Give a child a book, or teach her to read? The question sounds philosophical, even biblical. It was raised in a recent Boston Globe editorial about how Boston should use more than $400 million in new federal funding for schools.
School leaders and communities planning to use this one-time windfall face a tension: invest now to create value after the money is gone, or spend now to address the urgent needs of unfinished learning.
Two ideas mentioned in the Globe editorial highlight the two possible approaches: building in-school libraries (offered by Superintendent Brenda Cassellius) and tutoring.
For a similar cost, you get two very different things.
Capital costs for libraries are pretty clear — you have to buy books, and you need to outfit a room with shelves, furniture, tracking systems. Let’s call it $500,000.
The operating costs are significant. There is the obvious need for a librarian, with an average salary of over $100,000 and about $30,000 for benefits. But you also have to account for the loss of a classroom — in a typical Boston Public Schools elementary school, that means 20 fewer students at about $6,000 a pupil passed along by the district. Altogether, it costs the school about a quarter of million dollars to run the library every year.
An average Boston Public Schools elementary school has at least 12 classes; many have more. With a standard school day, that means about two library periods per week for each class.
So, what do you get? For about $1.25M over the next three years, each kid gets to visit a library for about 70 hours per year (and you keep paying for it after).
Now let’s take the case of tutoring, using the same elementary school example. An Americorps tutor costs a school or school district about $18,000. Throw in a coordinator or non-profit to help ($100,000/year), perhaps invest in training the tutors in reading remediation (like Orton-Gillingham) for about $3,000 each tutor.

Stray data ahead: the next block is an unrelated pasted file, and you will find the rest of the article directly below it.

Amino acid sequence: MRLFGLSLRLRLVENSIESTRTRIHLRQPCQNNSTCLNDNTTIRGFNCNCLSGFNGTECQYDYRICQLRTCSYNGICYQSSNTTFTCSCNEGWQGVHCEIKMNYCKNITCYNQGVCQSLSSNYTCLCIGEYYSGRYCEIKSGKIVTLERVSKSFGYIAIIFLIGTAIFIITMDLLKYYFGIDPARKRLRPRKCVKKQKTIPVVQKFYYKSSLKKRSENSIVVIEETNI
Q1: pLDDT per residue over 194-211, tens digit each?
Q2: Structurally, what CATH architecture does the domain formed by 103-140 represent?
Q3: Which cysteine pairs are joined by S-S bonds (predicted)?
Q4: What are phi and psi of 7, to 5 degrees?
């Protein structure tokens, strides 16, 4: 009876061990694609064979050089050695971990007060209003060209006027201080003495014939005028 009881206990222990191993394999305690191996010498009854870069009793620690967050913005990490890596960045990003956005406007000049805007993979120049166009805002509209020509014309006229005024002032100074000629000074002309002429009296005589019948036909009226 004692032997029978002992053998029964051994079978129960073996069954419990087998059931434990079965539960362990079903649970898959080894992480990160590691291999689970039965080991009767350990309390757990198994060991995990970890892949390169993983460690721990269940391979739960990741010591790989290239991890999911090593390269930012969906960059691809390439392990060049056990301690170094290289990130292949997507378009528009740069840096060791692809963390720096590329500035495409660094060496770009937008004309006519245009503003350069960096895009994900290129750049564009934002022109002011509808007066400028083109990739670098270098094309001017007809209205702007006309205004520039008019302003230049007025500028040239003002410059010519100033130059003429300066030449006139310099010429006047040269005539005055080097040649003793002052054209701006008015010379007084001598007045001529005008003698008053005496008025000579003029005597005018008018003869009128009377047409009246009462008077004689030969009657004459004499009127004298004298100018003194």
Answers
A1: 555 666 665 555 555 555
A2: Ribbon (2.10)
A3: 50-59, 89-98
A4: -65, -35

So, what do you get? For about $1.25M over the next three years, a school could provide about 1,500 hours of reading tutoring per year (but it goes away after that).
Which is more valuable?
There can be arguments on both sides of this, but there shouldn’t be an argument about who should decide: principals, teachers, families, and students. This is not a policy position, it’s a practical solution. The people with the most information will make the best decisions. They know what their buildings, educators, and kids need.
It was encouraging that during a recent meeting of the commission set up to decide how to use these funds, the Boston Public Schools committed to at least 50 percent of the federal dollars being allocated to schools and school-based planning. It was confusing that the documents released publicly after the meeting were different, including the removal of the graph indicating this commitment to schools.
There is no shortage of good ideas on how to spend this once-in-a-generation funding opportunity.
But this money will only meet its intended purpose if those good ideas are centered in schools.
Will Austin is the founder and chief executive officer of Boston Schools Fund.